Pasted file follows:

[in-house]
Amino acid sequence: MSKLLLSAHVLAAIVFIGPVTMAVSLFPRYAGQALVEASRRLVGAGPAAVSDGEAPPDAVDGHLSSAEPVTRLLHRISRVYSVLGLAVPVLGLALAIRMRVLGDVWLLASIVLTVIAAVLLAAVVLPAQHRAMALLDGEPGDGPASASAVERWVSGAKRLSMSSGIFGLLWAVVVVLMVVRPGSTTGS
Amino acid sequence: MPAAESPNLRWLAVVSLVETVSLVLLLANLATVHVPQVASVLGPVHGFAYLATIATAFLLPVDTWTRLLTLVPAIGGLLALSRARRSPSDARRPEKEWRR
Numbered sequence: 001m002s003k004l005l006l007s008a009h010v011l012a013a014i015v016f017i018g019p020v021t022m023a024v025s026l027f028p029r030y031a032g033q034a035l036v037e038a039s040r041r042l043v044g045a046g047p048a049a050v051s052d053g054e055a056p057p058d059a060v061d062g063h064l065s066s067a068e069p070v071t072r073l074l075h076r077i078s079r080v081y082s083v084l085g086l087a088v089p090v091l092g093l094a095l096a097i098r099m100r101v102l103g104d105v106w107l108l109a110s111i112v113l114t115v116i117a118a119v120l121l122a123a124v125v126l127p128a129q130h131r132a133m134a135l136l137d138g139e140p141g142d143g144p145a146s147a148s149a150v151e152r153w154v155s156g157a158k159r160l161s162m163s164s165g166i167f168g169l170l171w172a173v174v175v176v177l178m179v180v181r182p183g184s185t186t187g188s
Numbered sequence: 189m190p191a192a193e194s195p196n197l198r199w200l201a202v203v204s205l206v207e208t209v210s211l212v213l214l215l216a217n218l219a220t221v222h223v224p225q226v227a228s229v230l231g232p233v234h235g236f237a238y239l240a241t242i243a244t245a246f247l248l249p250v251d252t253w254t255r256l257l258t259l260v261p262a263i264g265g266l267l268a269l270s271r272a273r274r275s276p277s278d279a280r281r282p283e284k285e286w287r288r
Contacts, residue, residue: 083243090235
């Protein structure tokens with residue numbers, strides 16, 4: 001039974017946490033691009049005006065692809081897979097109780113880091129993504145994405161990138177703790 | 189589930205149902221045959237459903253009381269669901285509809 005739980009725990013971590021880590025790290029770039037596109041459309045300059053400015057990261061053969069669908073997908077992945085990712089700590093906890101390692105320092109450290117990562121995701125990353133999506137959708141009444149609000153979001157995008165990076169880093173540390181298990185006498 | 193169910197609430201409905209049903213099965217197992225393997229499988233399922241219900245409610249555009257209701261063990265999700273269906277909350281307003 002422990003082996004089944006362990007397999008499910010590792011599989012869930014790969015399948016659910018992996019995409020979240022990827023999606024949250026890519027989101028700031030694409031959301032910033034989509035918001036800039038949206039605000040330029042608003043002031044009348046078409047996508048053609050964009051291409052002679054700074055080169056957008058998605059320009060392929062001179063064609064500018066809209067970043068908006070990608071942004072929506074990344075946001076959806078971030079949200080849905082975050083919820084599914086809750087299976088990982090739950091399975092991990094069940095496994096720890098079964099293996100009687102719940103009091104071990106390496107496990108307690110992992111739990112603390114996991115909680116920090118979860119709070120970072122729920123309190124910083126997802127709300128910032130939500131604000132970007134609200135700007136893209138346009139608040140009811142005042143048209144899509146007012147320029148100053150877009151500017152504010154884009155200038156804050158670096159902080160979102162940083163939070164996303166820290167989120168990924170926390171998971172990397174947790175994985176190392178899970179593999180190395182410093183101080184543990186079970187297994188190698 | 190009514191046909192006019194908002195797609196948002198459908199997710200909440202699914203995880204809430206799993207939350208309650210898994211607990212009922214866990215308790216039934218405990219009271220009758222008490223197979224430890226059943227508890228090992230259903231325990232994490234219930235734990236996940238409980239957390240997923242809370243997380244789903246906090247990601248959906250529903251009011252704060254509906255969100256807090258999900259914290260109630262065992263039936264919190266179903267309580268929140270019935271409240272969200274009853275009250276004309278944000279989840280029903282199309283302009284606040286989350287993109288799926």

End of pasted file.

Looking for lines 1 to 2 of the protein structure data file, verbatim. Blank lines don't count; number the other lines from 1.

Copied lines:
[in-house]
Amino acid sequence: MSKLLLSAHVLAAIVFIGPVTMAVSLFPRYAGQALVEASRRLVGAGPAAVSDGEAPPDAVDGHLSSAEPVTRLLHRISRVYSVLGLAVPVLGLALAIRMRVLGDVWLLASIVLTVIAAVLLAAVVLPAQHRAMALLDGEPGDGPASASAVERWVSGAKRLSMSSGIFGLLWAVVVVLMVVRPGSTTGS